A dangerous driver who thought he’d given police the slip after an 80mph pursuit has been jailed for more than a year, thanks to the power of body-worn video (scroll down for the video footage).
Most police forces now have body-worn cameras, and they are proving to be an incredibly powerful tool in the fight against crime.
In this particular case, motorbike patrol officers asked the driver of a black VW Golf, Amjid Ali Khan, to pull over when they saw he was trying to avoid them as they passed over the Swan Island along the A45 into Birmingham on th8 April.
But the 37-year-old sped off through a red light, triggering a rare pursuit involving highly-trained motorbike officers.
Khan hit speeds of 80mph in a 30mph zone, driving on the wrong side of a dual carriageway against traffic and the wrong way around a roundabout.
Motorists were forced to swerve out of the way to avoid Khan, and the pursuit was eventually abandoned in the interests of public safety.
During a pursuit, police officers will always carry out a second-by-second dynamic risk assessment to balance the need to apprehend a suspect with the overriding priority to keep the public safe.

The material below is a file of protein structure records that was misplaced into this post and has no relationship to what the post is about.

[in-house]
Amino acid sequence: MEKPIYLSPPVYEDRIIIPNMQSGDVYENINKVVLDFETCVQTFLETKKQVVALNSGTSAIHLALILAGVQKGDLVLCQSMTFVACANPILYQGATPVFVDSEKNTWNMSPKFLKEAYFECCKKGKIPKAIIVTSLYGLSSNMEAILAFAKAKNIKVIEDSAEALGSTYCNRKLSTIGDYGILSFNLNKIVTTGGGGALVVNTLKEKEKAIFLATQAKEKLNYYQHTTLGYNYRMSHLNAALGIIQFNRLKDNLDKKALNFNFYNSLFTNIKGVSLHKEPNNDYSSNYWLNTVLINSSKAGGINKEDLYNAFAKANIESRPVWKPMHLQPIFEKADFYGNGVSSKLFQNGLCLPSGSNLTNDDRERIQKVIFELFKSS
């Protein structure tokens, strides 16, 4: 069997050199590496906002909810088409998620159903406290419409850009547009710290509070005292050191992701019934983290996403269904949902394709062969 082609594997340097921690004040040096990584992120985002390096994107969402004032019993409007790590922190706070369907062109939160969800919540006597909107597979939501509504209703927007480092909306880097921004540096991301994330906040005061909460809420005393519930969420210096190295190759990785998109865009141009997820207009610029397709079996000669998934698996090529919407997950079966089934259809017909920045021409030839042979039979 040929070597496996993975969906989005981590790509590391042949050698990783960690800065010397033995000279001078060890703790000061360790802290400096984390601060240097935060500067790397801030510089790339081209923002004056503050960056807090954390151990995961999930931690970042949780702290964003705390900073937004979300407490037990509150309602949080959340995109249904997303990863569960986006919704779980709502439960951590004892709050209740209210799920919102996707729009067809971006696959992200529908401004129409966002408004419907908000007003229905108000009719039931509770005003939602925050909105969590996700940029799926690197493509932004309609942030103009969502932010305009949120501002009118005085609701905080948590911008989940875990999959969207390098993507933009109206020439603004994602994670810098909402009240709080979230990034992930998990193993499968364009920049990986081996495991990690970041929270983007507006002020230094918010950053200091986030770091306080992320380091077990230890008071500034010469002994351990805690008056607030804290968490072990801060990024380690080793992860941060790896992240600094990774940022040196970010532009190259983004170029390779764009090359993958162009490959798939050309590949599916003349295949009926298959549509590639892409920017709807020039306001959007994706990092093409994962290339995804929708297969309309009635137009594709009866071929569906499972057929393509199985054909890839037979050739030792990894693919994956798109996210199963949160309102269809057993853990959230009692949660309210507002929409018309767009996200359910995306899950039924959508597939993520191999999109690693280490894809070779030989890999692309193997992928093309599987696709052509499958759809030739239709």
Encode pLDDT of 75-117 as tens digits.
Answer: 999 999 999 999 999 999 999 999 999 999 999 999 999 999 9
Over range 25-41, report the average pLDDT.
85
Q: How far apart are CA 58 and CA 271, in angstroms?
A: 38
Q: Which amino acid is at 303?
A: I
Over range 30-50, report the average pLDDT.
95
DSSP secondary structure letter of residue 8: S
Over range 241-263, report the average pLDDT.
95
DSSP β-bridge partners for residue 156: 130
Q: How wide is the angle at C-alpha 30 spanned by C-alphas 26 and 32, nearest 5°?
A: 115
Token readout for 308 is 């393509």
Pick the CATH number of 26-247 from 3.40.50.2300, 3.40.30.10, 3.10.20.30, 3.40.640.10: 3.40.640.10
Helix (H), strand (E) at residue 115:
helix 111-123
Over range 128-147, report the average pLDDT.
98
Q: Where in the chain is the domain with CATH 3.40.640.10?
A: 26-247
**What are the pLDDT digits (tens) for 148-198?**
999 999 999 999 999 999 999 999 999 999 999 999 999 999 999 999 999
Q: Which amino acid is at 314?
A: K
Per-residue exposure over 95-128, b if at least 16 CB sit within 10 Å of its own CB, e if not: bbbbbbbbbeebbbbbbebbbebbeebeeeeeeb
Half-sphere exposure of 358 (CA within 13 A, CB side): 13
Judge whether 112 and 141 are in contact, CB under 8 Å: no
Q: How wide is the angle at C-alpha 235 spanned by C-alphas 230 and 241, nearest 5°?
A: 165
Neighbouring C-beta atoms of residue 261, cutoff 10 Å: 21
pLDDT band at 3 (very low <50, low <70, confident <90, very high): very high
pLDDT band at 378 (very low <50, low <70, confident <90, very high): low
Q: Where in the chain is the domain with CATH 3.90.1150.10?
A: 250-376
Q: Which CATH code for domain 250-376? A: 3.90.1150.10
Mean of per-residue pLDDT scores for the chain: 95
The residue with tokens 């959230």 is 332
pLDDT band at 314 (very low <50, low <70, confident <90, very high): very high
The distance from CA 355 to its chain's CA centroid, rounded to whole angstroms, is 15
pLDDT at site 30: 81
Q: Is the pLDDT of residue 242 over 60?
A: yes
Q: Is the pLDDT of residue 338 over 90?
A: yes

But the officer who spoke to Khan through the passenger window had activated his body-worn video, capturing a crystal clear image of the man behind the wheel and his driving during the pursuit.
Another officer recognised Khan from the image. Days later he was arrested by the officer who had first pursued him. Khan, of Lower Ground Close in Aston, was banned from driving until 2022 at the time.
Sgt Ade Brown, of the Central Motorway Policing Group (CMPG), said:
“This was great, diligent police work from start to finish. Not only did the officer’s original suspicions around the driver turn out to be well-founded, but he had the foresight to capture a clear image of him which was shared among other officers and led to Khan’s arrest.
“Although our motorbike officers are highly skilled and more than capable of engaging in pursuits, it’s quite rare because they don’t have the ability that our cars have to make tactical contact or box drivers in.
“This was appalling driving by Khan, and he’s now got plenty of time in prison to think about the mistake that he made when he decided to try to escape justice.”
Khan admitted dangerous driving, driving while disqualified and driving without insurance.
He was jailed for 15 months at Birmingham Crown Court on Thursday 23 May and given a further three-year driving ban.
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